Let your students share stories about their own unique families with an underlying theme of all families, whether traditional or not, as loving and caring ensembles.
- Recite finger-plays about families
- Draw a picture of their own family
- Compare different kinds of families
- Construct a pattern square
- Assemble a paper quilt together
- Photo of your family
- Pictures of diverse families or books about families (I like to use Families by Ann Morris)
- Picture of a quilt or a real quilt for demonstration
- Quilt Square Master Template printable (with 6" x 6" square)
- Family Quilt Square Template printable (with 6" x 6" square)
- Blank word or index cards
- Black marker
- Pocket chart
- Butcher paper
- Two different colored crayons for quilt pattern, one of each color per student
- Optional: Book about quilts (I like to use The Keeping Quilt by Patricia Polacco)
- Choose a family photo from your own collection. Make sure to choose one that includes all of your family members (or as many as possible).
- Gather examples of different kinds of families. I like to use a picture book for this (Families by Ann Morris works well), but you could also find photos of diverse families to share with students.
- Choose a quilt to bring into class for a demonstration. If you don't have a quilt at home, you can find a photo of one or choose a picture book about quilts to share.
- Make a class set of the Quilt Square Master Template. You will want the squares to be 6" x 6", so you may need to resize the template before copying.
- Make a class set of the Family Quilt Square Template, plus an extra copy for you.
- Set up the pocket chart, black marker, and word or index cards for the Day 1 activity.
- Map out the dimensions of the class quilt. Each student will create two quilt squares (a pattern and a picture of their family). I have 20 children in my class, so I made our quilt 5 squares by 8 squares. This gives 20 family pictures quilt squares with 20 geometric quilt squares. I also include a 6" border of squares around the edges of the quilt. Including the 6" border of squares, the dimensions of the butcher paper backing for a class of 20 students should be about 42" x 60".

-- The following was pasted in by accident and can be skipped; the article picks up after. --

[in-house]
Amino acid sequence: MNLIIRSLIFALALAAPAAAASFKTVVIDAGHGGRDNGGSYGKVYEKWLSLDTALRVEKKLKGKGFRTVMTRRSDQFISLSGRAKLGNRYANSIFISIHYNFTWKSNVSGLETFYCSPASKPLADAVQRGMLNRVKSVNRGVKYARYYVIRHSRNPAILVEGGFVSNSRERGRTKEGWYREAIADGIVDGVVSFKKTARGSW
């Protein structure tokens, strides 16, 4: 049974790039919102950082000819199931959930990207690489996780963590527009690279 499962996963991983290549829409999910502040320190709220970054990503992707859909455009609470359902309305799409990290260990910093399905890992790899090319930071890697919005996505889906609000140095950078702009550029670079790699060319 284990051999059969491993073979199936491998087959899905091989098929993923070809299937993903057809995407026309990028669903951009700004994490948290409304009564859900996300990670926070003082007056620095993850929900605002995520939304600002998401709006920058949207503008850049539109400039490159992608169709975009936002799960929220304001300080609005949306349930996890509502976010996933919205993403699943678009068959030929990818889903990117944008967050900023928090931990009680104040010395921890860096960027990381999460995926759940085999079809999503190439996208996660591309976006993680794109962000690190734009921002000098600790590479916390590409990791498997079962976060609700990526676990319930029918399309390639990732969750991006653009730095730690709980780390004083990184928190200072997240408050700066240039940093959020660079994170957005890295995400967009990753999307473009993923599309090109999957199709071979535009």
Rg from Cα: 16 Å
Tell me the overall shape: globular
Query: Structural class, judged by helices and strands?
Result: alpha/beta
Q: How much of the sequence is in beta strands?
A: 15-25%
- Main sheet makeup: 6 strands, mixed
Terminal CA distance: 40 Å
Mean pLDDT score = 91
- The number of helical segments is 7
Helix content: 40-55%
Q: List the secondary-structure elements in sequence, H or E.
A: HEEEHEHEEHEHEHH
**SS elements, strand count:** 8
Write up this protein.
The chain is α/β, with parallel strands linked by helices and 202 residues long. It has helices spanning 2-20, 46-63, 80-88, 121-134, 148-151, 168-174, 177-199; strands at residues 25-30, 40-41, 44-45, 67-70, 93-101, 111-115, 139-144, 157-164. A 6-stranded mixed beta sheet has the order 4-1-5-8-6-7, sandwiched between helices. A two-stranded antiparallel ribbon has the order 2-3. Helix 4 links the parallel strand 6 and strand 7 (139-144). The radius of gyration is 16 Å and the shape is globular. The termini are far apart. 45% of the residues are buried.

- Cut a sheet of butcher paper large enough to hold everyone's quilt squares.
- Choose your two colors for the quilt pattern squares. Collect enough crayons in each color for every student to have one of each color for the Day 2 activity.
Step 1: Gather students for a whole group discussion about families. Ask who is a member of a family and describe how each of us is a family member and that families are diverse. Share a photo of your family and introduce your family members.
Step 2: Share pictures of other families you've collected or a book about families, like Families by Ann Morris. Ask students to look for the different kinds of family members in the pictures or illustrations.
Step 3: Tell students that families are made up of lots of different kinds of family members, and we have words to describe them. Ask students to name some of their family members (Mom, Dad, Aunt, etc.) and write the names on the word or index cards. After writing each word, add the card to the pocket chart. Add any family vocabulary not mentioned by the students.
Step 4: Choose five of the family vocabulary words and teach the children a finger play to the tune of "Where Is Thumpkin?" Use the traditional finger movements and pattern. One version might be:
Where is mom? Where is mom?
Here I am. Here I am.
How are you today then?
Very well I thank you.
Run away. Run away.
Step 5: Repeat the pattern with uncle, sister, step mom, grandpa, etc. Singing various versions will help build vocabulary and show how families have different configurations.
Step 6: End the song with this final verse:
Where is the family? Where is the family?
Here we are. Here we are.
How are you today then?
Very well we thank you.
Run Away. Run Away.